Webinar: Cell-based and biochemical high-throughput screening in 1536-well plates

November 13, 2018

In our latest webinar, speaker Dr. Gene Ananiev from the Small Molecule Screening Facility at the University of Wisconsin Madison, discusses two examples of high-throughput screening in 1536-well plates, presenting methodology for assay miniaturisation and optimisation.

Image of Dr. Tobias Pusterla
Dr Tobias Pusterla
PhD, International Marketing Manager
BMG LABTECH HQs

The two projects were set up for customers and include a cell-based luciferase reporter assay and an AlphaScreen-based screen for protein-protein interactions.


In the first project, CRISPR/Cas9 was used to knock in a Nano luciferase (Nluc) gene into the endogenous human FMR1 gene in neural progenitor cells. This was done in order to create a robust FMR1-Nluc reporter hiPS cell line. Functional assays confirmed that the Nluc activities accurately report FMR1 gene expression levels. Moreover, neural progenitor cells derived from this cell line were optimised for high-throughput screening.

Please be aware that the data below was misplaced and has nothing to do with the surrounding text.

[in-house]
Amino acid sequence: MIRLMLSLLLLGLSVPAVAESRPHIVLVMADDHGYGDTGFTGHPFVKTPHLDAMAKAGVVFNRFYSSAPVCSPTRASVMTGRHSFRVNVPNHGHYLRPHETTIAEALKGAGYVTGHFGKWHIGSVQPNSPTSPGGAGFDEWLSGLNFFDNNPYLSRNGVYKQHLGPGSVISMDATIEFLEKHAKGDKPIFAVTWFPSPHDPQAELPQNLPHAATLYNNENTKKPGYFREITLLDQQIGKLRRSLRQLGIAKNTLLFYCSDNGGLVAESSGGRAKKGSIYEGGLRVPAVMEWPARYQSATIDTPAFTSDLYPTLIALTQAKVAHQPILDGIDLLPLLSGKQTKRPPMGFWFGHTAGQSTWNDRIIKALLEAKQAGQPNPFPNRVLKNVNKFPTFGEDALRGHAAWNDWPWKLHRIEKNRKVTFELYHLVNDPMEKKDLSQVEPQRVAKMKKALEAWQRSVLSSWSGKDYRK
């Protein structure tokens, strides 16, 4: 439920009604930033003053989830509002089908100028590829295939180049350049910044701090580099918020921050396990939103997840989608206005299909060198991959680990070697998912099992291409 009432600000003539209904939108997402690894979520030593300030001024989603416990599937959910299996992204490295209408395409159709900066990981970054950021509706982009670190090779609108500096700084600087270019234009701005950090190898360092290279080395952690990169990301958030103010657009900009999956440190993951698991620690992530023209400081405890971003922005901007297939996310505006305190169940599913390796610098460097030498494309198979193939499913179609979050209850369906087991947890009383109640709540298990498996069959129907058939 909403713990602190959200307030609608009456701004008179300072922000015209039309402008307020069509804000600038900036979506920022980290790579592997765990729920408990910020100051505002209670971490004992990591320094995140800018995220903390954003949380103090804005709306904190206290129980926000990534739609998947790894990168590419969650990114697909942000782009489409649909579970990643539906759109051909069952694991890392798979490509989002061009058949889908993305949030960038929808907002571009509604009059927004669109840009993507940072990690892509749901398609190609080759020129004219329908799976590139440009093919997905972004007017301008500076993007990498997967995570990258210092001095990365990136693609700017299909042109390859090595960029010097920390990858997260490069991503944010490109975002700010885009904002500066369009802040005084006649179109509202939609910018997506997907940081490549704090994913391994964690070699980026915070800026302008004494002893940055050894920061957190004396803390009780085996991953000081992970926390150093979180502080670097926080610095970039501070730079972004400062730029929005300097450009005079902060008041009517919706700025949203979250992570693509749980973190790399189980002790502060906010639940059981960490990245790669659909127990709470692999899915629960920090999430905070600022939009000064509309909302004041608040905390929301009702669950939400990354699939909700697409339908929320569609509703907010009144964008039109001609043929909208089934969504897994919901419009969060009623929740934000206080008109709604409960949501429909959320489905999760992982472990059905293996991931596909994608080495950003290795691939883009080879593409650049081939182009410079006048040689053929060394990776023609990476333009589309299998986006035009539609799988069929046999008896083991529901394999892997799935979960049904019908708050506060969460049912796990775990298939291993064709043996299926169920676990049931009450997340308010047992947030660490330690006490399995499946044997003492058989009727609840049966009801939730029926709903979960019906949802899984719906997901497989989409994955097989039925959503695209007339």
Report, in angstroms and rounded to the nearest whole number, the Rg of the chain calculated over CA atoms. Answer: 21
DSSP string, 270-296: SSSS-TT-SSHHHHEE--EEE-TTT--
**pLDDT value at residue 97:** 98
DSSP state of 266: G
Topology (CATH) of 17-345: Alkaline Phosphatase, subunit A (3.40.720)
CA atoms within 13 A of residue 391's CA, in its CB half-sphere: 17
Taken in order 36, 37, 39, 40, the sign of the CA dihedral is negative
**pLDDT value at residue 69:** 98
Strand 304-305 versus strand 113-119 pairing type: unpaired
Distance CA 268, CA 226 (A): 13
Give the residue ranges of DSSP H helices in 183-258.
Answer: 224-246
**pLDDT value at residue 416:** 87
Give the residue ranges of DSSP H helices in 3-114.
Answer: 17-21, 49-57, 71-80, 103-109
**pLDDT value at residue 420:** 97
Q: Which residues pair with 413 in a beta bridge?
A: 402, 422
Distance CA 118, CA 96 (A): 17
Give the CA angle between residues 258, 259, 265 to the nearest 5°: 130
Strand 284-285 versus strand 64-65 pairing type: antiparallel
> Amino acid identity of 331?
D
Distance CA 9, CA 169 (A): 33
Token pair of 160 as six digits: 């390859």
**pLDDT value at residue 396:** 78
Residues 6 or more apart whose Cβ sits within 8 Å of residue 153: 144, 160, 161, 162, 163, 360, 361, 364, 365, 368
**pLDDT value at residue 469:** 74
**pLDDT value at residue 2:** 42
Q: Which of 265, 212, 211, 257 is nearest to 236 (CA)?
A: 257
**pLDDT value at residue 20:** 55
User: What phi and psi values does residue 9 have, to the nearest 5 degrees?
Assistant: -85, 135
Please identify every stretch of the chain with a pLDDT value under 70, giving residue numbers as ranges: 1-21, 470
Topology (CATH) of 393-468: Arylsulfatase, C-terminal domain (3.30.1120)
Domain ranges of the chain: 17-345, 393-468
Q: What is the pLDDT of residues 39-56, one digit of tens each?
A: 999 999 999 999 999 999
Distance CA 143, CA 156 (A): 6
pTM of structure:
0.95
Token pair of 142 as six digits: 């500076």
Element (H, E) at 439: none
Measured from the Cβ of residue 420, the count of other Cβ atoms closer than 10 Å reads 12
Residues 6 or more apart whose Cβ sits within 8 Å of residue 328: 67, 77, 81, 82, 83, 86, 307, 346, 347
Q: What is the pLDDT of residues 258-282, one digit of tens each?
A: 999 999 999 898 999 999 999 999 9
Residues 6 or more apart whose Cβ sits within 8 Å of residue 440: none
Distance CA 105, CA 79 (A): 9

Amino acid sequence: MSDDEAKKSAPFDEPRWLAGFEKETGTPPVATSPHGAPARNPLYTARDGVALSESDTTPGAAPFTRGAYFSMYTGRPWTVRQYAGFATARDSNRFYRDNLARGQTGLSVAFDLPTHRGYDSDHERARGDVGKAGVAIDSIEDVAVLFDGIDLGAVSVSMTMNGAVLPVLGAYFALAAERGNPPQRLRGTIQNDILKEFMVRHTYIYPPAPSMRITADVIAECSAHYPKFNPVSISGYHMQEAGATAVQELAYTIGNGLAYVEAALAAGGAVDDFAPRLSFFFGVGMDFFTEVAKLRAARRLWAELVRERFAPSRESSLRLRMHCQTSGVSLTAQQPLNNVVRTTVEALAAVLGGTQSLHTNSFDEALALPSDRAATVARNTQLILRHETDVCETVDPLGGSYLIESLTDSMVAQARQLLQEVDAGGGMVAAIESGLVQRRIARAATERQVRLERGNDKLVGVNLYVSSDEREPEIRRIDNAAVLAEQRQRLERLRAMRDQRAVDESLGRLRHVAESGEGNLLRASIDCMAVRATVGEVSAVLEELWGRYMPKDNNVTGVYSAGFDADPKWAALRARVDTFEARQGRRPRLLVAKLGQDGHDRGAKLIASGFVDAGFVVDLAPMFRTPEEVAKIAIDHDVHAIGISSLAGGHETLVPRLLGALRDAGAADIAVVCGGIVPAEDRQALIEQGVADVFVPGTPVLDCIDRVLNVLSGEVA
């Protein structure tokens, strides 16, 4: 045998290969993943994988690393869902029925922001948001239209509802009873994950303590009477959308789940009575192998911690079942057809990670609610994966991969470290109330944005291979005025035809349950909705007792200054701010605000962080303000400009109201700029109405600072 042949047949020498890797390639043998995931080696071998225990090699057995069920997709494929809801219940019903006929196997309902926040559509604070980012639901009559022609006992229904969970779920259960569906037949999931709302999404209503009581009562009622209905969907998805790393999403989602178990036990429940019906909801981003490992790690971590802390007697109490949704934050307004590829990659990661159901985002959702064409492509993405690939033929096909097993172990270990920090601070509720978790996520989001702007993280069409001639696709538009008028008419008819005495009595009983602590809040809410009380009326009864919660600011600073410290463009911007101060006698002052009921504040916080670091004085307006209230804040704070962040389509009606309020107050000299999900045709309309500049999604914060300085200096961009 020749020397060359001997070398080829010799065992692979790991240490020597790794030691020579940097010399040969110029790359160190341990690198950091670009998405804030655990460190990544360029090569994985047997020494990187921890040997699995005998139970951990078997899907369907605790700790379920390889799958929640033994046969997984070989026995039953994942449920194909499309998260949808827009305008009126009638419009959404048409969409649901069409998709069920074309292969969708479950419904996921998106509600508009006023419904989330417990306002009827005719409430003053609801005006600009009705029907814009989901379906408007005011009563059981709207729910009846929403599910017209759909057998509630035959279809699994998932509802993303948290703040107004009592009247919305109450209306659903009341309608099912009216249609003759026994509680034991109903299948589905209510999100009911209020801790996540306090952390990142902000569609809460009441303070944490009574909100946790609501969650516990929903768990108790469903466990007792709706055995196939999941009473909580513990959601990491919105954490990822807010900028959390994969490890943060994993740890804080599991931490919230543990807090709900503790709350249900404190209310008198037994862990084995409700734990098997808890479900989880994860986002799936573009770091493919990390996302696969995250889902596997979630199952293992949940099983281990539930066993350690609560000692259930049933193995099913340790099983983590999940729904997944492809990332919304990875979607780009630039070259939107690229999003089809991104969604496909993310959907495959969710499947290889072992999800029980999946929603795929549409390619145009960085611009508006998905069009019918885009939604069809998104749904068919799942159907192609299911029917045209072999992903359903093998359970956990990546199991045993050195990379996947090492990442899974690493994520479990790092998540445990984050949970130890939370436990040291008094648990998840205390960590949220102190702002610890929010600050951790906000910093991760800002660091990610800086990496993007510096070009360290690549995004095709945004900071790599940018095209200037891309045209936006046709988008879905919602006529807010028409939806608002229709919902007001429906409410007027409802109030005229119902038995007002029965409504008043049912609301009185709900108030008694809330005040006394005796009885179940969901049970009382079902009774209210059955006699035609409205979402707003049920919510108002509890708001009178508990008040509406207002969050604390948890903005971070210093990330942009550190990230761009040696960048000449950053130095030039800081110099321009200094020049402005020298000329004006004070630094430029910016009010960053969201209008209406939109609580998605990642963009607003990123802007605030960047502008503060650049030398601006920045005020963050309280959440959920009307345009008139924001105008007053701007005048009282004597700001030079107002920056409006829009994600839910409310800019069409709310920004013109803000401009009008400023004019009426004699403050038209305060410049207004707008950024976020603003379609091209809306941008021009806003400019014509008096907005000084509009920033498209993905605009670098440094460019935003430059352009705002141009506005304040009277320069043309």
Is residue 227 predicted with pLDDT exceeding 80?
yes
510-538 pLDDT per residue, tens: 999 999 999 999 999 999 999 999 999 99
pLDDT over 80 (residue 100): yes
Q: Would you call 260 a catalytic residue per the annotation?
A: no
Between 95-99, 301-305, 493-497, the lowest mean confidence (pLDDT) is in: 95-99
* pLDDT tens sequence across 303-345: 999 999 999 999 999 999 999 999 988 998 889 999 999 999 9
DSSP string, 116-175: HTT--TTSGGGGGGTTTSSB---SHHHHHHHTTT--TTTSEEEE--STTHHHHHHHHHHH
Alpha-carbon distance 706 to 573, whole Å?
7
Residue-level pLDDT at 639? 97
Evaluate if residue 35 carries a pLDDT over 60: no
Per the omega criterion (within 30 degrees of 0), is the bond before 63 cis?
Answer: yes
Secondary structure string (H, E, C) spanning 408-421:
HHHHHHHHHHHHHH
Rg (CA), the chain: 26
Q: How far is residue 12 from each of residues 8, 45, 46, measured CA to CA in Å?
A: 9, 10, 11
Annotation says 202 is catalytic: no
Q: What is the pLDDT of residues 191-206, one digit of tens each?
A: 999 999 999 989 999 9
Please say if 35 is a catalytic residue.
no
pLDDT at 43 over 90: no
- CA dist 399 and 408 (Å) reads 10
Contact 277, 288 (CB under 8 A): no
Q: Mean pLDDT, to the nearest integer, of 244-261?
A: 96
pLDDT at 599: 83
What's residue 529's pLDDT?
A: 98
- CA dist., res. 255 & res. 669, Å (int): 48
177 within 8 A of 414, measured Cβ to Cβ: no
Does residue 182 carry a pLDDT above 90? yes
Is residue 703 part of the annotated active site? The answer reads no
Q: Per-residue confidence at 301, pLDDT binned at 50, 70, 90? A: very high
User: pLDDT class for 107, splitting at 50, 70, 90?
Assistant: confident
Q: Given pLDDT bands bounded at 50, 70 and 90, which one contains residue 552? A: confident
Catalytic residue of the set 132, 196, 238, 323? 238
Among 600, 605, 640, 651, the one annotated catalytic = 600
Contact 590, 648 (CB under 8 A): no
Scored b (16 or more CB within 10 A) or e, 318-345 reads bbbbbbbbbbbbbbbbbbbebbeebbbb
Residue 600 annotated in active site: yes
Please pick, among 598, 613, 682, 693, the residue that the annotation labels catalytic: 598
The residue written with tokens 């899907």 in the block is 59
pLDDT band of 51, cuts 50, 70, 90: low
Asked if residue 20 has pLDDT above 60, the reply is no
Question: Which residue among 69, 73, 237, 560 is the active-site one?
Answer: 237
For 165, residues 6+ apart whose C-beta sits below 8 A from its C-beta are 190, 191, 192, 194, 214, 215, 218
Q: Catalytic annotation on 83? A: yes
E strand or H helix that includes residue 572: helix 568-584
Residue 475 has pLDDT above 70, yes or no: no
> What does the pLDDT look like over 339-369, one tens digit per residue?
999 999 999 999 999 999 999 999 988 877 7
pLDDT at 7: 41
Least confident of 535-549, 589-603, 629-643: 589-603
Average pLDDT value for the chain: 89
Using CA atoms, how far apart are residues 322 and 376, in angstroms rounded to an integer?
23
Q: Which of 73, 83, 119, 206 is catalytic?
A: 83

In the second project, the focus was on antibiotic-resistant bacterial infections. As antibiotic resistance is on the rise worldwide, there is an urgent need to identify novel classes of antibiotics that can overcome resistance mechanisms. In this study, nine efficient inhibitors have been identified. They produced response curves with IC50 values of <40 μM. Additionally, two compounds directly bound to PriA, demonstrating the success of this screening strategy. Using a miniaturised AlphaScreen test, costs were drastically reduced and throughput for protein-protein interaction was increased.


In addition to Dr. Ananiev, Dr. Carl Peters from BMG LABTECH and Dr. Iain Russell from Labcyte highlight the microplate reader and dispensing solution that have been used in the projects.

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